A Modern Akan Dilemma

Western influences and attempt to fuse or reconcile such influences with longstanding traditions have created many quandaries for today’s Akan and other Africans. Marriage is one area rife with such quandaries.

Just as a Western or Caucasian marriage (wedding) is not part of Akan or African culture, so is it that a married Akan woman does not have to adopt her husband’s last name. A woman’s name, like a man’s, was carefully chosen at birth by the parents and involved some serious rituals in the naming process. It is a constant in a person’s life and therefore not subject to alteration or adjustment. The practice of taking the husband’s name is foreign, not only to the Akan, but throughout Africa. An Akan man is entitled to name a child that he brings forth, not someone else’s child. Thus, a name given to a woman from birth is preserved, whether she marries or not.

Traditional African marriages and Western, or European, marriages are two distinct events that separately identify each culture. However, most Africans now perform both rites–the traditional and the Western–in response to the demands of some Africans, especially Christians. Ironically, much in the Christian tradition of weddings is not as pure in origin as most westerners would like to think; indeed, the origins of some practices would shock many. Marriage is purely a social venture tied inextricably to the culture of a people. If the Bible speaks of wedding as a way of marriage, it is because the translators were referring to the system of marriage they knew and were familiar with. A westerner of any religious persuasion would still have to marry by way of a wedding because that is the only way to marriage.

Two elements of Western wedding practice that have permeated African traditional marriages in recent times are the Bible and the ring. Incidentally, the ring has no origins in Christian doctrine. Ancient Egyptians were the first known people to wear rings. Roman nobles wore them to reflect social status. Socially, slipping a ring onto a finger became a medieval Roman rite adopted by the Church. The O-shaped ring was a primitive ideographic symbol that meant an “opening” or maturity–an opening that is symbolically enacted for a stretched forefinger to enter! Other objects such as wood, stones, and bones have been utilized at one time or another on various parts of the body as symbols of maturity (i.e., an opening, bones on lips, rings in noses and tongues). It was one among many ornaments that marked a girl’s passage into puberty.

For example, in ancient England, indented (gapped) teeth in females were considered symbols of pride and maturity. It is to be noted that, in Western or European cultures, a ring is given at the inception of the marriage. In Akan tradition, in contrast, a ring may be given to a wife after years of marriage and after the wife has distinguished herself as a qualified and marriage-worthy woman; in other words, in Akan thought a marriage ring must be earned. Westerners would suffer even greater shock if they knew the origins of the phrase “tie the knot” in relation to Christian marriage. In primitive times women were virtually “tied down” to be raped. To tie the knot therefore describes an ancient mode of forced sexual intercourse. Massey tells us, “the capture of the female by the male is so ancient that it may be compared with the capture of the hen by the cock.” He continues, “The knot then is the sign of capture and covenant, which include all the various modes of marriage.”  Reinterpretations through generations of human development have translated knot-tying as a symbol of marriage, when in fact it was a violent means of sexual intercourse.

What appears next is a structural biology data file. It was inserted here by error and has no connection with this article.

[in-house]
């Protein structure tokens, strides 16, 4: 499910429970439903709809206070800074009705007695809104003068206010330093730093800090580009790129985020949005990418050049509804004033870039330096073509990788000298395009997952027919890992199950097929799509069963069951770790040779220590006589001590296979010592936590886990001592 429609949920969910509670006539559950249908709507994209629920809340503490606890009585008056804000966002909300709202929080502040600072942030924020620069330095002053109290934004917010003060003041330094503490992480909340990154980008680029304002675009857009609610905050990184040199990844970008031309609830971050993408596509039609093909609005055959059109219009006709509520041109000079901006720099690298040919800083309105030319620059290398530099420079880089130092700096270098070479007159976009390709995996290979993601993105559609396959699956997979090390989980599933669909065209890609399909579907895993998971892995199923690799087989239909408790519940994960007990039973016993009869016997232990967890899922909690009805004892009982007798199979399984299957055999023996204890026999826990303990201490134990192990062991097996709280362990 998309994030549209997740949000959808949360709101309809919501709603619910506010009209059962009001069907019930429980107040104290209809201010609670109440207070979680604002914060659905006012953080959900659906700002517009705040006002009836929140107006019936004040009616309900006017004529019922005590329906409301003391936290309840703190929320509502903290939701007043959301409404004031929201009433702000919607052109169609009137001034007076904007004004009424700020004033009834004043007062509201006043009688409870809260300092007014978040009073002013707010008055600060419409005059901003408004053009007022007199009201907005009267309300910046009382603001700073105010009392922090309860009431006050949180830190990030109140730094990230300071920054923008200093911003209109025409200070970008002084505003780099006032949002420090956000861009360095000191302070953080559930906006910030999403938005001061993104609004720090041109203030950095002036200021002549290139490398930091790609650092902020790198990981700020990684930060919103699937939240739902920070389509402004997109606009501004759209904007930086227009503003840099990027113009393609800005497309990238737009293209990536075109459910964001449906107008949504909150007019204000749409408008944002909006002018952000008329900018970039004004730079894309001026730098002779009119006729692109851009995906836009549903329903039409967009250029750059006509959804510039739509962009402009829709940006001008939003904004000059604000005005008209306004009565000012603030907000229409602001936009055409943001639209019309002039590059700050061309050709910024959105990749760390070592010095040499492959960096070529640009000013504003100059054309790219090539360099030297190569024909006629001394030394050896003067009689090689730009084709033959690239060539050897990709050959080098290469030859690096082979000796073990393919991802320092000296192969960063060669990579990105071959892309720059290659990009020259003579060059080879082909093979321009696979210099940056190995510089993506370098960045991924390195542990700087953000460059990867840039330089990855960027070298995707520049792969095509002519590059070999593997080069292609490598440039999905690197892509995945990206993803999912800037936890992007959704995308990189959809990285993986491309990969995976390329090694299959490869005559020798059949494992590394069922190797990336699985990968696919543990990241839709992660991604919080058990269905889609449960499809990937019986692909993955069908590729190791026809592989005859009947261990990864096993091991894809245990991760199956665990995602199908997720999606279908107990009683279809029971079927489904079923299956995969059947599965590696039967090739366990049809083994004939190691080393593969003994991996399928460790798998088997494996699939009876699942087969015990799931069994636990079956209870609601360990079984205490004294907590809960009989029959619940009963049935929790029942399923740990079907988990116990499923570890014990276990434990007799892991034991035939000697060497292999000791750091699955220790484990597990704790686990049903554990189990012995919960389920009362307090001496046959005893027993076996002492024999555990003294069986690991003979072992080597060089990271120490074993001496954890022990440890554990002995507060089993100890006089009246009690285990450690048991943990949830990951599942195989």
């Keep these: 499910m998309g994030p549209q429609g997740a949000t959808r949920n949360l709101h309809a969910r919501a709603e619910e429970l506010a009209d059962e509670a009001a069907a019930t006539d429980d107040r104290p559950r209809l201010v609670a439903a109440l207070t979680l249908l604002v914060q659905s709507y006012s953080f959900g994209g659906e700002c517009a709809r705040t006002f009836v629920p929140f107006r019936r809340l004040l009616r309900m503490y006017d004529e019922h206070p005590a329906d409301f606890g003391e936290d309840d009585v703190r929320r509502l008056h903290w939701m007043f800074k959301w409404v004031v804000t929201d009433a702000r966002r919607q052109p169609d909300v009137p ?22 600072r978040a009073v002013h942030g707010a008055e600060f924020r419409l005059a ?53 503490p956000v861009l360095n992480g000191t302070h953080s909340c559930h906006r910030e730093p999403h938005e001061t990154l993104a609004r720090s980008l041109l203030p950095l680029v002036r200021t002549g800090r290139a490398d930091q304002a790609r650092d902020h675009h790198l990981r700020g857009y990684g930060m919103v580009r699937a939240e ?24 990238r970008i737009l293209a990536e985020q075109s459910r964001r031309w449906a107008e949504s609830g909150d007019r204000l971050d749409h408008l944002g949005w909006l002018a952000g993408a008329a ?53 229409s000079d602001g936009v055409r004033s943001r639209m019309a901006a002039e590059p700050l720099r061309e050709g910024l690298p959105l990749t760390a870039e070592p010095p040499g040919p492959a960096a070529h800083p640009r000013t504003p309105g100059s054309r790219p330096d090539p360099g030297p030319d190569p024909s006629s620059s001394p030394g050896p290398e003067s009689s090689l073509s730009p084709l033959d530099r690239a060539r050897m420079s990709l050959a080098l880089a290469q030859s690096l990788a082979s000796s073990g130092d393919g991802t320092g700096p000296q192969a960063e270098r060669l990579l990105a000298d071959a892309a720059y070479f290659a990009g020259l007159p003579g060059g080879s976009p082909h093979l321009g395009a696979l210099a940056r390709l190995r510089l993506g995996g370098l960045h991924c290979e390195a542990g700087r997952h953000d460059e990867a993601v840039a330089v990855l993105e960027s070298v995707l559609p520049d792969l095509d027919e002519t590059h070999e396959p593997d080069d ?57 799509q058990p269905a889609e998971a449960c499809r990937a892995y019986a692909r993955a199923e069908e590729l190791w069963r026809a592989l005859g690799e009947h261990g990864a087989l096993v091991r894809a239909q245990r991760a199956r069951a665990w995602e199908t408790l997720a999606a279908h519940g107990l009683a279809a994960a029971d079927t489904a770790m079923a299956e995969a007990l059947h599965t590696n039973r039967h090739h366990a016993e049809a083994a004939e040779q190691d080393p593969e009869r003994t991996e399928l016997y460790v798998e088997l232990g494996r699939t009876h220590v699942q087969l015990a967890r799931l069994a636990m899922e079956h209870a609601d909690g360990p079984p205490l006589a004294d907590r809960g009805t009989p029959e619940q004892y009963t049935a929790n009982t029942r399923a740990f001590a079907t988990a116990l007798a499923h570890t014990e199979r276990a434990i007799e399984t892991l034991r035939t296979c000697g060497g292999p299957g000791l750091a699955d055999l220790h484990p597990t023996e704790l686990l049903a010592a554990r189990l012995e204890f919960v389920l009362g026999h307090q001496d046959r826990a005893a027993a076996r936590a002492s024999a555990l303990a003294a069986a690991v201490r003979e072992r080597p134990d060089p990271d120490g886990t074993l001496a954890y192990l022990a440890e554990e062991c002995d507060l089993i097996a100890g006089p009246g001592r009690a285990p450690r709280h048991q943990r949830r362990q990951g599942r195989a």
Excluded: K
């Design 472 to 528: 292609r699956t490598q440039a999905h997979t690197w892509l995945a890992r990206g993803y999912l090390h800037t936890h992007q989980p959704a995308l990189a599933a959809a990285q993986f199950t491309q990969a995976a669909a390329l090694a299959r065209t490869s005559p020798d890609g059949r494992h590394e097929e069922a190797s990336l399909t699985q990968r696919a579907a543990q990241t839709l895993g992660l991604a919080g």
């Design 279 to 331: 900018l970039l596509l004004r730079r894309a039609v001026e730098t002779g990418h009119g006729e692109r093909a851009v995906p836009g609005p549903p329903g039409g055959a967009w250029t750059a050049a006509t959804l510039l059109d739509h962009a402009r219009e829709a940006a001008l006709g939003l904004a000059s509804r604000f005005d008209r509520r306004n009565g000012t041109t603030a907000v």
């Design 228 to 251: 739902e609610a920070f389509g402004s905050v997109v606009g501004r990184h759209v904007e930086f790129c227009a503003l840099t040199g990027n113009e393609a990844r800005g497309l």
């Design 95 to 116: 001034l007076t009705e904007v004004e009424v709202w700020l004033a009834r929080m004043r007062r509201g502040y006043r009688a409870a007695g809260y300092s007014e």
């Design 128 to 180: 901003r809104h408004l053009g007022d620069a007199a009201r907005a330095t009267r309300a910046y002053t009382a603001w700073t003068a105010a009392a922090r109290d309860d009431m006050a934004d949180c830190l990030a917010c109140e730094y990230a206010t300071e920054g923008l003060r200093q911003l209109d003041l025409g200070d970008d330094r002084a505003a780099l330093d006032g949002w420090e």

In most Christian African communities, church officials have assumed leading roles in traditional marriages, transmitting confused doctrines to an equally ignorant couple. The presence of a church official is considered an indication of God’s presence and approval for an otherwise pagan marriage. Family heads and members become mere observers at marriages of their own children and family members. All ceremonial drinks are substituted with money because the liquor and drinks demanded by custom are considered heathen. St. Augustine, one of the fathers of the Roman Catholic Church, observed:

But when acquainted with other modes of life other than their own meet with the record of such actions, unless they are restrained by authority, they look upon them as sins, and do not consider that their own customs either in regard to marriage, or feasts, or dress, or other necessities and adornments of human life, appear sinful to the people of other nations and other times. 

The man who is credited with stabilizing Christianity was, in that passage, clearly talking about foreigners’ attitudes to cultures other than their own.

From the book “The Akan of Ghana. Aspects of Past & Present Practices” (page 102) – by Kofi Ayim (Published 2015)

Posted by on Aug 15 2020. Filed under Artcultainment. You can follow any responses to this entry through the RSS 2.0. You can leave a response or trackback to this entry

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